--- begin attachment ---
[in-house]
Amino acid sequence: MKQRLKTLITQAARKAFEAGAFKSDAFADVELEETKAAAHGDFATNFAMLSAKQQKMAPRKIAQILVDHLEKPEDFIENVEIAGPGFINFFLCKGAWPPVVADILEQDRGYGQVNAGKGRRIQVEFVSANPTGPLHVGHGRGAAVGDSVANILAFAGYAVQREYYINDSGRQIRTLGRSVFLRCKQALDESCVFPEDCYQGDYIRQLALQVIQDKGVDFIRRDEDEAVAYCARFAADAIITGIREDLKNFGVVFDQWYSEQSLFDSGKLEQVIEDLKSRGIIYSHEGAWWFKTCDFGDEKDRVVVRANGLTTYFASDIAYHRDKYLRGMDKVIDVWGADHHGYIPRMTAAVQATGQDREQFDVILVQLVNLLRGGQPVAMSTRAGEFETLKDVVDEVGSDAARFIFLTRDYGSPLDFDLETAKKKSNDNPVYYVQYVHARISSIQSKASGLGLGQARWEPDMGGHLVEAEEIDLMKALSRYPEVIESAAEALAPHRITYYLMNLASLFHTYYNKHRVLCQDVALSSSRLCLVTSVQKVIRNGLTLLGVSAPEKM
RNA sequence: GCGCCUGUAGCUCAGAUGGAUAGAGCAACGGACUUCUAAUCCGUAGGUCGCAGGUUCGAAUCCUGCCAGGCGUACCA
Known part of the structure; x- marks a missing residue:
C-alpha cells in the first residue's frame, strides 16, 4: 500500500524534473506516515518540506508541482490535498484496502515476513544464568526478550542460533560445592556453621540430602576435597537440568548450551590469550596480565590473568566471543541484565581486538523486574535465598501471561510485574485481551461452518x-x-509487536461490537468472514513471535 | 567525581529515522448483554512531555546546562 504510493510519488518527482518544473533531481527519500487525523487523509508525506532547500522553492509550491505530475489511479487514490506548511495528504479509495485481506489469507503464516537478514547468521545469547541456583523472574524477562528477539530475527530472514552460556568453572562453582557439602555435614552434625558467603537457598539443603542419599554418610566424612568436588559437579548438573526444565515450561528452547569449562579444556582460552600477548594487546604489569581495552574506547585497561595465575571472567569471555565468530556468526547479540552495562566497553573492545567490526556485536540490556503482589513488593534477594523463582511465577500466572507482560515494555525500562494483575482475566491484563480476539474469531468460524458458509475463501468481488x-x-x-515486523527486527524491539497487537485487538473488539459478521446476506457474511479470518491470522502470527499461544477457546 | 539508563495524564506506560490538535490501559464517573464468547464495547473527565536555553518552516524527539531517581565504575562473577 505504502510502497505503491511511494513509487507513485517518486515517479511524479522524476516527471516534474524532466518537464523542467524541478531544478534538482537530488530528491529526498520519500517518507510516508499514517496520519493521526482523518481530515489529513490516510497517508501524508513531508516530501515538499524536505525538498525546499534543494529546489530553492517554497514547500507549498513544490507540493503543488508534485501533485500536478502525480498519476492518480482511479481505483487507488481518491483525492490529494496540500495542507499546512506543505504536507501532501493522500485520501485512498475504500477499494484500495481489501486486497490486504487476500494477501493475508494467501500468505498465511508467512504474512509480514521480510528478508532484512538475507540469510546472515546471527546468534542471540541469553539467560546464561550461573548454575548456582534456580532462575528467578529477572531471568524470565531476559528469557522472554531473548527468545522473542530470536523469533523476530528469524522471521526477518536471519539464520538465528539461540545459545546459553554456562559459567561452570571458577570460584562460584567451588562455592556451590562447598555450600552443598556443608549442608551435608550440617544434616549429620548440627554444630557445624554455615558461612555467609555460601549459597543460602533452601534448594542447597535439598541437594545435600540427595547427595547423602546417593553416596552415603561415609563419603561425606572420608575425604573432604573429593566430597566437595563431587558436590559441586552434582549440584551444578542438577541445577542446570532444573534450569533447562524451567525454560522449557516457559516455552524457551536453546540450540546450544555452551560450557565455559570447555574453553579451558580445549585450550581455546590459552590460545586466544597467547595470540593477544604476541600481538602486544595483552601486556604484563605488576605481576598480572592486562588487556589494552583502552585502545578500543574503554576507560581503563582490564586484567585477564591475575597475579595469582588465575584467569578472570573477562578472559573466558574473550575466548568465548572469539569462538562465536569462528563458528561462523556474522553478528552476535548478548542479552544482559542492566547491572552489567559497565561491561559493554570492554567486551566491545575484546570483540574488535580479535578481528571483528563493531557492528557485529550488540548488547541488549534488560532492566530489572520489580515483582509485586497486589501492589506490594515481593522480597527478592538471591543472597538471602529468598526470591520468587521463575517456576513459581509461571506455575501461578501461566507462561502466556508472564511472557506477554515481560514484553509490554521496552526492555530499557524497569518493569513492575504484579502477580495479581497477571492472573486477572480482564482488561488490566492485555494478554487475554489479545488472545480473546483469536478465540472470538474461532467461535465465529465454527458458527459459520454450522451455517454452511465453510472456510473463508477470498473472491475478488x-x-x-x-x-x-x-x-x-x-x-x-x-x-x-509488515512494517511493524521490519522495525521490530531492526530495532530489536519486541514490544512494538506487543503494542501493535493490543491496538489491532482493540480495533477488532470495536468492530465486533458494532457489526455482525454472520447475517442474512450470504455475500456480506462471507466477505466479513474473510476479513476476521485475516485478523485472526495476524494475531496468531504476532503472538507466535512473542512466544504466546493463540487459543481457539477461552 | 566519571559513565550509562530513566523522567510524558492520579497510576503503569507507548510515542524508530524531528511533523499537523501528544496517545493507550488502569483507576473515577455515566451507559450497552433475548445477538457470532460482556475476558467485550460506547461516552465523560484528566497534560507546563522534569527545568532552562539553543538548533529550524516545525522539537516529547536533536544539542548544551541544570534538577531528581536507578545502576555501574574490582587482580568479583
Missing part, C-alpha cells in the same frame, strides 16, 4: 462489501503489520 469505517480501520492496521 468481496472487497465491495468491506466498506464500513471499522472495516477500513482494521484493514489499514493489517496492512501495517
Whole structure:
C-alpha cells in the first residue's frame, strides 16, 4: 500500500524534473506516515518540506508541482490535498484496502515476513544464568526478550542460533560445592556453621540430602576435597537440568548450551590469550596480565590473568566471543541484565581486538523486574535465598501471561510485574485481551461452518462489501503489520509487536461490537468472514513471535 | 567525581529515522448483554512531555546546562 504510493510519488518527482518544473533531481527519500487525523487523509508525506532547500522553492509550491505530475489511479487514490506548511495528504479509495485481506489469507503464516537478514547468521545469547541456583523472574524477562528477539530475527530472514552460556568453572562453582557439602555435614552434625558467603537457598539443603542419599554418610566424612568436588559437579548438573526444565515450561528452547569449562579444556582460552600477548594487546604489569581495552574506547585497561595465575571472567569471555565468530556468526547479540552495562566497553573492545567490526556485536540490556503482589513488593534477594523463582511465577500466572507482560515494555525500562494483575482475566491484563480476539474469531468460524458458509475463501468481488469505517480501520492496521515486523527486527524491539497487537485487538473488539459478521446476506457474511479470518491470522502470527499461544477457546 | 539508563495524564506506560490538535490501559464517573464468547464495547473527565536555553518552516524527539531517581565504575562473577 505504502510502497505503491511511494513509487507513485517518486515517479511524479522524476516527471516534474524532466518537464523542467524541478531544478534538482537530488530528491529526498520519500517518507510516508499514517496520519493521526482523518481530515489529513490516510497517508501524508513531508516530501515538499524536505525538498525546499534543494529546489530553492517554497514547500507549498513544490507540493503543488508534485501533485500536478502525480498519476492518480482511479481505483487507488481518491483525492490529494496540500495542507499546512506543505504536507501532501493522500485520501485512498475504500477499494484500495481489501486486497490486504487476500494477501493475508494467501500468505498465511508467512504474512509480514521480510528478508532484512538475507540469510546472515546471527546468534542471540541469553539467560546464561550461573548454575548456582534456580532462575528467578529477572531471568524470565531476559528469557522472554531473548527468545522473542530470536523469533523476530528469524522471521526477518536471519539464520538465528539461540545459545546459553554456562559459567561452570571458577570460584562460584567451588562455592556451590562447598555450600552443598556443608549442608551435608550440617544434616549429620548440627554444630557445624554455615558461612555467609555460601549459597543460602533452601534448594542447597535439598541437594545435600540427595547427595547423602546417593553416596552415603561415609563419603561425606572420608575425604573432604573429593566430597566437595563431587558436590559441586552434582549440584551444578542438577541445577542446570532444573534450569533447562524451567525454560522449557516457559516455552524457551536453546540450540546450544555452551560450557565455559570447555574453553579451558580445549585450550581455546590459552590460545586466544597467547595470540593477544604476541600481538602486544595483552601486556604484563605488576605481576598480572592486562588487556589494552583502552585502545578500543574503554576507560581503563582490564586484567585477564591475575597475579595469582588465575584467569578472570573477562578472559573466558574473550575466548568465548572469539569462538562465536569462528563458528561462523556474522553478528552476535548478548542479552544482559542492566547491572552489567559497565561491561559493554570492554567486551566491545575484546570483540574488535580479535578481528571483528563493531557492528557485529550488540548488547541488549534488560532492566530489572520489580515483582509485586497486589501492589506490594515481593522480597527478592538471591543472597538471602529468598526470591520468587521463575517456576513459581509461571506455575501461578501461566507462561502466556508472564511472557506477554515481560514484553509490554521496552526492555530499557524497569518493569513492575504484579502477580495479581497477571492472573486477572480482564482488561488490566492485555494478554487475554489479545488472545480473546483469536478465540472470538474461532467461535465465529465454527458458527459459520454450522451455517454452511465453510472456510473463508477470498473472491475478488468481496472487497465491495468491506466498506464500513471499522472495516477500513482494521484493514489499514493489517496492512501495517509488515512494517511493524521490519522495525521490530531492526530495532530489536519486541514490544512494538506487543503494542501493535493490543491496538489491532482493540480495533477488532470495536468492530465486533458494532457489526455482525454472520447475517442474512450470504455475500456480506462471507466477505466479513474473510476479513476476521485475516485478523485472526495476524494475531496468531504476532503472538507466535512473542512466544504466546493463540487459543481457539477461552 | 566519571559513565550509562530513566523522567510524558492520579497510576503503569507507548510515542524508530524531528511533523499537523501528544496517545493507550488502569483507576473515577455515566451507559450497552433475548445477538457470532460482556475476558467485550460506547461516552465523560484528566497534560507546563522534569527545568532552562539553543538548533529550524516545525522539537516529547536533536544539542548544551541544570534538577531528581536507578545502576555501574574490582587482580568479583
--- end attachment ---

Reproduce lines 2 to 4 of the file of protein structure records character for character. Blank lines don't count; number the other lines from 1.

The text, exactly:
Amino acid sequence: MKQRLKTLITQAARKAFEAGAFKSDAFADVELEETKAAAHGDFATNFAMLSAKQQKMAPRKIAQILVDHLEKPEDFIENVEIAGPGFINFFLCKGAWPPVVADILEQDRGYGQVNAGKGRRIQVEFVSANPTGPLHVGHGRGAAVGDSVANILAFAGYAVQREYYINDSGRQIRTLGRSVFLRCKQALDESCVFPEDCYQGDYIRQLALQVIQDKGVDFIRRDEDEAVAYCARFAADAIITGIREDLKNFGVVFDQWYSEQSLFDSGKLEQVIEDLKSRGIIYSHEGAWWFKTCDFGDEKDRVVVRANGLTTYFASDIAYHRDKYLRGMDKVIDVWGADHHGYIPRMTAAVQATGQDREQFDVILVQLVNLLRGGQPVAMSTRAGEFETLKDVVDEVGSDAARFIFLTRDYGSPLDFDLETAKKKSNDNPVYYVQYVHARISSIQSKASGLGLGQARWEPDMGGHLVEAEEIDLMKALSRYPEVIESAAEALAPHRITYYLMNLASLFHTYYNKHRVLCQDVALSSSRLCLVTSVQKVIRNGLTLLGVSAPEKM
RNA sequence: GCGCCUGUAGCUCAGAUGGAUAGAGCAACGGACUUCUAAUCCGUAGGUCGCAGGUUCGAAUCCUGCCAGGCGUACCA
Known part of the structure; x- marks a missing residue: